But does “all-natural” mean they are always safe?
No. While these products are intended to boost health, and may make claims to that effect, robust clinical studies may be lacking. It’s important to discuss supplement use with your doctor. Drug interactions with herbs can be especially risky.
How To Take Your Blood Thinner
Always take your blood thinner as directed. For example, some blood thinners need to be taken at the same time of day, every day.
Never skip a dose, and never take a double dose.
If you miss a dose, take it as soon as you remember. If you dont remember until the next day, call your doctor for instructions. If this happens when your doctor is not available, skip the missed dose and start again the next day. Mark the missed dose in a diary or on a calendar.
A pillbox with a slot for each day may help you keep track of your medicines.
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Are There Any Other Precautions Or Warnings For This Medication
Before you begin using a medication, be sure to inform your doctor of any medical conditions or allergies you may have, any medications you are taking, whether you are pregnant or breast-feeding, and any other significant facts about your health. These factors may affect how you should use this medication.
Increased bleeding risk: If you have any medical conditions that may cause an increased risk of bleeding, discuss with your doctor how this medication may affect your medical condition, how your medical condition may affect the dosing and effectiveness of this medication, and whether any special monitoring is needed. These conditions include uncontrolled very high blood pressure a problem with the blood vessels in the back of the eye called retinopathy current or past ulcer of the stomach or intestines recent stroke or recent surgery of the brain, spinal column, or eye.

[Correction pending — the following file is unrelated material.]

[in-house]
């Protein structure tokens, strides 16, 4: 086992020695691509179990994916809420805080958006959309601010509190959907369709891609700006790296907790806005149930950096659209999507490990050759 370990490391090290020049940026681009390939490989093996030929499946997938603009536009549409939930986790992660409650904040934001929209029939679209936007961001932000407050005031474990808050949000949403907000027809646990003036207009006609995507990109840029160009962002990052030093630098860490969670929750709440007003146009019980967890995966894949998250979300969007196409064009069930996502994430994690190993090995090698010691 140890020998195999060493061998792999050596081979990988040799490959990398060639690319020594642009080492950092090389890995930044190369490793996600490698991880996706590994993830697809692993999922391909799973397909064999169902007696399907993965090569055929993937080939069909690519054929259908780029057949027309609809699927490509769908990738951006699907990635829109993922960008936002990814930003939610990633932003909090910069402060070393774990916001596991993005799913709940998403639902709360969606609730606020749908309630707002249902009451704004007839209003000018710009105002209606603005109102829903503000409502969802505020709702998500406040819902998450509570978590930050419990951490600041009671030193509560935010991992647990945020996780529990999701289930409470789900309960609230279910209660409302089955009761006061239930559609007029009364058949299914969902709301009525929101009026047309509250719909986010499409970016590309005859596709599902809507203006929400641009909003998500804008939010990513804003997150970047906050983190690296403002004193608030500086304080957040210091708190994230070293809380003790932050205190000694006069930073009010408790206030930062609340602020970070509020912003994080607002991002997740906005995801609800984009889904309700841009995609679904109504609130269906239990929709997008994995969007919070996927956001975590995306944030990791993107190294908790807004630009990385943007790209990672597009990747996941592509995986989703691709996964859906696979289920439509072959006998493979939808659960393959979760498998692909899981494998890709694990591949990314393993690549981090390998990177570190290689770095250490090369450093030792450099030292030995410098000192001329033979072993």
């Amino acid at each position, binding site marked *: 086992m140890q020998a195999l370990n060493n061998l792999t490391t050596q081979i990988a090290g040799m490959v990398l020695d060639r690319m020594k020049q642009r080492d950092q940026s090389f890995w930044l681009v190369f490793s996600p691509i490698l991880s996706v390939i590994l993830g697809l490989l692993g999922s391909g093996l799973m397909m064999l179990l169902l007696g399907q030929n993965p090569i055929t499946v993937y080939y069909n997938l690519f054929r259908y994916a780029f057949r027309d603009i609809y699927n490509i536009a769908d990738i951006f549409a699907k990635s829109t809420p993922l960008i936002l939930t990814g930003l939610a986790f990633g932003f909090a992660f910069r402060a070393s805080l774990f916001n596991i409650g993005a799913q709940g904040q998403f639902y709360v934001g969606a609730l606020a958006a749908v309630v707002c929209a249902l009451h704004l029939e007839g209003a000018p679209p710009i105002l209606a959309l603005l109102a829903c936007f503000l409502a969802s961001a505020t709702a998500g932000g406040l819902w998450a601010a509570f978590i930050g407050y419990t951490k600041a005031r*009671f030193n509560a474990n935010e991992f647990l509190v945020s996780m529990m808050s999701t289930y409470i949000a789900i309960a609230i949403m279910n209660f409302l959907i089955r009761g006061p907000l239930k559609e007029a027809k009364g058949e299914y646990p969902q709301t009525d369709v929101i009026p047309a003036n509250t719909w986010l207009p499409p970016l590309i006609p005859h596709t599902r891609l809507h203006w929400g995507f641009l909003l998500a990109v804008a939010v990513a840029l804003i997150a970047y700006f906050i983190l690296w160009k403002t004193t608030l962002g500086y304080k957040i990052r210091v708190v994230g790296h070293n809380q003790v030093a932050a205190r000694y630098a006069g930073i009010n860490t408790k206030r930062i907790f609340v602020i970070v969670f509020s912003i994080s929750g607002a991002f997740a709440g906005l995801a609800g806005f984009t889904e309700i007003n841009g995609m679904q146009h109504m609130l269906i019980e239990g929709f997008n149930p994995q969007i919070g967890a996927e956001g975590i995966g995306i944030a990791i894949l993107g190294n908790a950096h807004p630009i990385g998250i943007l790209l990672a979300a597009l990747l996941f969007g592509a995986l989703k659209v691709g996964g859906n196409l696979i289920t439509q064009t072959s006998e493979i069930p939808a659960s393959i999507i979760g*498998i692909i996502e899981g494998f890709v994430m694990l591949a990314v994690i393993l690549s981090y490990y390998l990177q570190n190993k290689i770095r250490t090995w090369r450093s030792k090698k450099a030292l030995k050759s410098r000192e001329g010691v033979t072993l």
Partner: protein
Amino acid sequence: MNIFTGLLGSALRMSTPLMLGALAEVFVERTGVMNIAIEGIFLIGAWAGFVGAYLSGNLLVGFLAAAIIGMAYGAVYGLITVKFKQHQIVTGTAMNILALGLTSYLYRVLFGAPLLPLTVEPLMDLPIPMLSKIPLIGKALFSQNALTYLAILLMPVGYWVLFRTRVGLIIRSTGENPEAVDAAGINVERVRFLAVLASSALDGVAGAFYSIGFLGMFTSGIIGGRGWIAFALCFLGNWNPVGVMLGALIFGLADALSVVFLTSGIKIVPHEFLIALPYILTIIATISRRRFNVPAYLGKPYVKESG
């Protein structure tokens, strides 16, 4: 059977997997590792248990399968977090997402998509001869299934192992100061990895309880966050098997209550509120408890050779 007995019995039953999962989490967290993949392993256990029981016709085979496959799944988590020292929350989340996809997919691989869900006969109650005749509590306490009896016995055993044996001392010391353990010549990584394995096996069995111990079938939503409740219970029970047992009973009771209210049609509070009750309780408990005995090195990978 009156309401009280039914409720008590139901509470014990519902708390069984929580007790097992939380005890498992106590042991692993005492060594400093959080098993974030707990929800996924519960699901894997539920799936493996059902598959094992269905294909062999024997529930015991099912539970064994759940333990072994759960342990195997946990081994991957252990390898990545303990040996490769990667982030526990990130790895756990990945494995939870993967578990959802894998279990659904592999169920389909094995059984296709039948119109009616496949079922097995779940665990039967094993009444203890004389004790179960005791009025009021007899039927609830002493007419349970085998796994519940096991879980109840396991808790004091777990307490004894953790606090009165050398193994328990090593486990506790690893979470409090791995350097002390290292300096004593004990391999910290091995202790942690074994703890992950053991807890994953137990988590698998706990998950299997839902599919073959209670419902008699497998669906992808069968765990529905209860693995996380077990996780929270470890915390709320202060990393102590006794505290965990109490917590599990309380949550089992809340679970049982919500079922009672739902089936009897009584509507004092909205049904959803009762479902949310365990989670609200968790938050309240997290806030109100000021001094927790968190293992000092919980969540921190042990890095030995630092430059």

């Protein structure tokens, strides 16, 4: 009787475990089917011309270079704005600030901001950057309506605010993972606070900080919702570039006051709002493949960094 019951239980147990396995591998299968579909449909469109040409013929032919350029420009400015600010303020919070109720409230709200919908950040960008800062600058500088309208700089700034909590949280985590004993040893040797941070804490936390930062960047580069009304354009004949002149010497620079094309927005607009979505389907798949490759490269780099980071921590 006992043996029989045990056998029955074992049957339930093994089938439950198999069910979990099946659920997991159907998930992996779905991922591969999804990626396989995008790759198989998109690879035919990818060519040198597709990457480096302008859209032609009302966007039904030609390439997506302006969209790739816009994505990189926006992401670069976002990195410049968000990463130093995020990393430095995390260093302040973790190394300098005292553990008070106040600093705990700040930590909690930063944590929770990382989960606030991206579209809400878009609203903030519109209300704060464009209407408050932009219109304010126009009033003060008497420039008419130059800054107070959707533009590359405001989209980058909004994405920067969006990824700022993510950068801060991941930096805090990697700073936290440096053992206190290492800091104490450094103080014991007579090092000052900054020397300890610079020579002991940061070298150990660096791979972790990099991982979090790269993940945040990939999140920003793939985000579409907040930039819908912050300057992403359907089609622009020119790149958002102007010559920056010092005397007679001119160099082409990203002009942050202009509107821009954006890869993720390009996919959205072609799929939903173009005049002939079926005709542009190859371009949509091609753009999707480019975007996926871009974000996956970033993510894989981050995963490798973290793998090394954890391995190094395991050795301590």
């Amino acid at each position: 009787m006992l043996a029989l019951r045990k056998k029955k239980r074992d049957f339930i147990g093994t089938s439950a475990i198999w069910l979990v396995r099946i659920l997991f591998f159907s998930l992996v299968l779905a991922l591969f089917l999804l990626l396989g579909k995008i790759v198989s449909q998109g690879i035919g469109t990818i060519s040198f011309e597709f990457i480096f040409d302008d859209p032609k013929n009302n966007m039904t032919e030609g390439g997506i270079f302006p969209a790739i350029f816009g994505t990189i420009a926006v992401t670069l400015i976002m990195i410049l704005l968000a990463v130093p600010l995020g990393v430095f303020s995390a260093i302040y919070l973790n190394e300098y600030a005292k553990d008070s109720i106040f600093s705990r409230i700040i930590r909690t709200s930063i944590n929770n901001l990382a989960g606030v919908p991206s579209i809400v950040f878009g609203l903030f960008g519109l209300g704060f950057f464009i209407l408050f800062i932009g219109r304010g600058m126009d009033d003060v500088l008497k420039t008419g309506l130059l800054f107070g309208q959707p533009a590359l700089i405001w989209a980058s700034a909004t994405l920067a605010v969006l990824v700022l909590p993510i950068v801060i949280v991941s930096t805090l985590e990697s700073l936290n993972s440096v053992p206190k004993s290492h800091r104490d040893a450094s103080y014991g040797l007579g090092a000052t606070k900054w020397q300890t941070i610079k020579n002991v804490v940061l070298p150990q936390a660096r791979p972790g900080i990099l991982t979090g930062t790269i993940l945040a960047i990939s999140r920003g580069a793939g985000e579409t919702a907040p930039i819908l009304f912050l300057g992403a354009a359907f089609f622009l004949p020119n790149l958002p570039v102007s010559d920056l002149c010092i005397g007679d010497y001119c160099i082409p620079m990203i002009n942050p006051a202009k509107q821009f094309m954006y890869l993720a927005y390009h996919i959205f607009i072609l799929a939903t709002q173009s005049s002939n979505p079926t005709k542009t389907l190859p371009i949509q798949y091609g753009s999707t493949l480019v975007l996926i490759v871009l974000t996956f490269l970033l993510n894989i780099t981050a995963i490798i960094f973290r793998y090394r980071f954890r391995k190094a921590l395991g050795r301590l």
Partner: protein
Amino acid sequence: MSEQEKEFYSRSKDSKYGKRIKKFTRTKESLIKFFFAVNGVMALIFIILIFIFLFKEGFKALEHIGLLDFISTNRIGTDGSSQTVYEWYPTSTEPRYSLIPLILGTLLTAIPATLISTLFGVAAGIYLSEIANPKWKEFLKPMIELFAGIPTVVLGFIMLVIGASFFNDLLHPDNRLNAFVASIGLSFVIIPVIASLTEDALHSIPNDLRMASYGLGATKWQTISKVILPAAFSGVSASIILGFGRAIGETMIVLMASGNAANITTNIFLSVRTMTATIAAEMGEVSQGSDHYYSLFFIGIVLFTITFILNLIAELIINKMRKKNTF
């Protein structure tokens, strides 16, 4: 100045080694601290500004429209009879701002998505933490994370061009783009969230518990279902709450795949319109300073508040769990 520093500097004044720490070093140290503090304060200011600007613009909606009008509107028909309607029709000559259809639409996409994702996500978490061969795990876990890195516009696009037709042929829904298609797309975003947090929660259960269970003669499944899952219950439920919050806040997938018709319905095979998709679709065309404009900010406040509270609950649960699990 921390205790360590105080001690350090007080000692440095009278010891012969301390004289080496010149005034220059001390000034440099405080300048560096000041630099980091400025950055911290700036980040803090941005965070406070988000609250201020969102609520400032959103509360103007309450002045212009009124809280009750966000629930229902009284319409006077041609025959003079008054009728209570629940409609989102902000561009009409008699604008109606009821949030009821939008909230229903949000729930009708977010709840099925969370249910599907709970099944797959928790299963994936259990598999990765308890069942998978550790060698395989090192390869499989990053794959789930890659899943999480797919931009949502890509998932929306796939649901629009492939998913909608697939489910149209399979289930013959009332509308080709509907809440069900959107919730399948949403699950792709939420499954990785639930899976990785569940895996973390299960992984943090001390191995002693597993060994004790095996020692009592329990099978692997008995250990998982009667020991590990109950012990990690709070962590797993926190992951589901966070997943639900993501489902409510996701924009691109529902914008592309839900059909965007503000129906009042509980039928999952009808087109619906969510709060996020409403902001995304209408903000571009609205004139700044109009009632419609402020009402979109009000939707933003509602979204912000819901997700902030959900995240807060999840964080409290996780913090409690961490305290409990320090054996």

If you are taking medications to prevent blood clots or other medications that reduce blood clotting such as non-steroidal anti-inflammatories or acetylsalicylic acid, discuss with your doctor whether any special monitoring is needed.
Heart valves: The safety and effectiveness of apixaban have not been established for people with prosthetic heart valves or severe rheumatic heart disease. Apixaban is not recommended for use by people with these conditions.
Seniors: People over the age of 75 are at an increased risk of bleeding. Report any unusual bruising or bleeding to your doctor immediately.
What Side Effects Are Possible With This Medication
Many medications can cause side effects. A side effect is an unwanted response to a medication when it is taken in normal doses. Side effects can be mild or severe, temporary or permanent.
The side effects listed below are not experienced by everyone who takes this medication. If you are concerned about side effects, discuss the risks and benefits of this medication with your doctor.
The following side effects have been reported by at least 1% of people taking this medication. Many of these side effects can be managed, and some may go away on their own over time.
Contact your doctor if you experience these side effects and they are severe or bothersome. Your pharmacist may be able to advise you on managing side effects.
- bruising or swelling
Although most of the side effects listed below don’t happen very often, they could lead to serious problems if you do not seek medical attention.
Check with your doctor as soon as possible if any of the following side effects occur:
- bleeding or oozing from the surgical wound
- blood in urine
- signs of bleeding
- symptoms of anemia
- symptoms of liver problems
- symptoms of unidentified bleeding
- symptoms of low blood pressure
Stop taking the medication and seek immediate medical attention if any of the following occur:
- allergic reaction
- signs of bleeding in the stomach
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How And When To Take Apixaban
It’s very important to take apixaban as your doctor has told you.
It’s usual to take it twice a day. Try to take it at the same time every day.
Swallow the tablet with a drink of water. Apixaban can be taken with or without food.
If you have trouble swallowing pills, speak to your doctor or pharmacist.
You can crush apixaban tablets and mix them with water, apple juice or apple purée. Swallow this mixture straight away.
Ginseng Tea: Natural Blood Thinner